I imagine homeschool as a new country. I don’t speak the language. I don’t know the customs. I’m a tad fearful of the natives.
For this reason, I’ve reserved the right to change my flight plans at any point.
Here are a few thoughts on my itinerary.
It seems many people I encounter homeschool because of their Christian faith. That is not why I want to homeschool. I am not afraid of public schools in that sense. I am not afraid of my child learning different philosophies or even being steeped in them. Secular classrooms did more to shape my faith than Sunday school. They caused me to question, dig in, find reasons for why I believed, and learn that Jesus is bigger than I thought.
So why am I homeschooling? I want to preserve a strong love of learning. I want my kids to have all the flexibility in the world to explore subjects they love. I’m not a fan of testing and grading. I’m not a fan of rewards as motivators.
**I do not think there is anything WRONG with public school. I had a public school education and loved it. And, again, I reserve the right to change my mind at any point and enroll my kids in public school. 🙂
Now what kind of homeschool do I want to do? I imagine that will change and morph as we acclimate to the culture. I feel comfortable in saying we won’t do a traditional method. I started out certain I would do Waldorf. After I put away my pentatonic recorder and dropped out of Waldorf school…I thought unschool. Unschooling fits me. But does it fit my kids? Hmmm. And then I also think Charlotte Mason is dreamy. And I absolutely did not plan on doing anything formal until first grade.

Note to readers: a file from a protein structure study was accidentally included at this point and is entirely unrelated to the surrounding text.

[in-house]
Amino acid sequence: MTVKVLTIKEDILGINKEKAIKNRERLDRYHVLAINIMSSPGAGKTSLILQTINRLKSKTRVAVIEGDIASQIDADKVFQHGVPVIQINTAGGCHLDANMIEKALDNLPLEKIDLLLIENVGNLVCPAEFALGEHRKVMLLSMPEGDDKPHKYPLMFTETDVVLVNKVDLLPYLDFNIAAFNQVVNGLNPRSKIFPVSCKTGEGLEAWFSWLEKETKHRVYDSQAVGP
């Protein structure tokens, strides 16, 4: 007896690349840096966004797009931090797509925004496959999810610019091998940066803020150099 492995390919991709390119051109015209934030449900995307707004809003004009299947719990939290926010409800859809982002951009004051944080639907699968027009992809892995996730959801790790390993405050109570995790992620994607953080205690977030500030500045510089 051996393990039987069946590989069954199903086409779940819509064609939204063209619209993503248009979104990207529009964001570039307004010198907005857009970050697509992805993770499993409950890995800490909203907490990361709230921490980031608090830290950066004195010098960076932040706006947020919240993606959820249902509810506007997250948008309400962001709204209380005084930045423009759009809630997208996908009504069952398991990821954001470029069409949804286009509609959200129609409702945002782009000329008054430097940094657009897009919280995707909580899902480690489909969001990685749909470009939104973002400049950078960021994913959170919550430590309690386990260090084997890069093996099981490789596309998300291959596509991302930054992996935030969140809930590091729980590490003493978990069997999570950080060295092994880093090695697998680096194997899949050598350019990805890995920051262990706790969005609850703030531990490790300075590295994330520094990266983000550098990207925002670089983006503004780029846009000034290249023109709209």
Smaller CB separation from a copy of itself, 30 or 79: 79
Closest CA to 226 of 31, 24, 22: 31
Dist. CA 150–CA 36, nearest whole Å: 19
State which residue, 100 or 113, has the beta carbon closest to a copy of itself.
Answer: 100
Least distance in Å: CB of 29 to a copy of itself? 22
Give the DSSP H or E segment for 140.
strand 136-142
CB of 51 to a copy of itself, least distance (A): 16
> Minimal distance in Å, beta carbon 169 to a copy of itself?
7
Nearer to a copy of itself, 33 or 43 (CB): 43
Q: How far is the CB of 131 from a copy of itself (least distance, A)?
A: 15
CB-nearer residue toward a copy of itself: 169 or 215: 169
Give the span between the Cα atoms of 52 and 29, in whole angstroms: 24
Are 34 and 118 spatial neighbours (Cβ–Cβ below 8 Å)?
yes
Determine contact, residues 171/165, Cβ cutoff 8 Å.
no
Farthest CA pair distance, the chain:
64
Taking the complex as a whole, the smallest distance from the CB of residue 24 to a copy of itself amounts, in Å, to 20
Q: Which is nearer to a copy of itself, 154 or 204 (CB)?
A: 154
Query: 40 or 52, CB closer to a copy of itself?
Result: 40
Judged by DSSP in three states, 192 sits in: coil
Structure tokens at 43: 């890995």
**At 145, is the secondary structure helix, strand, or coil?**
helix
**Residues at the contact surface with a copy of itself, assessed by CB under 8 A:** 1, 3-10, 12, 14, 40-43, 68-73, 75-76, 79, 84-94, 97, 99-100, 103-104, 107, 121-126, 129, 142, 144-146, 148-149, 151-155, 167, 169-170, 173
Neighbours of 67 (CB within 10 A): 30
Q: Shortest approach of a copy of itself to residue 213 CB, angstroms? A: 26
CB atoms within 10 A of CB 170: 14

Then Norah changed my plan. She told me she wanted to go to school. She pointed to all her friends who go to school. She begged me to let her join a classroom. She even asked to watch youtube videos of kindergarten classes. In a search for compromise, I looked into a co-op that offered one class a week but they were full. And then I was reminded of a brilliant woman in my community who homeschools. I emailed her and asked her she would hold my hand. She immediately invited me over for coffee.
She uses the classical model with her children and enrolls them in Classical Conversations. I’d heard of CC before and dismissed it as not a good fit. But I gave it a second look now that I know Norah a bit better. The classical model is one of the more rigorous of methods. A far cry from my “nothing formal until first grade” plan.
I took a deep breath and bought the ticket. I can always change my mind.
Norah is super excited. At the very least, CC will give us a structure for our trial run year. And that will give my husband peace of mind. He knows my lack of discipline and tendency to jump from one idea to another with astonishing speed. I’m boarding the plane!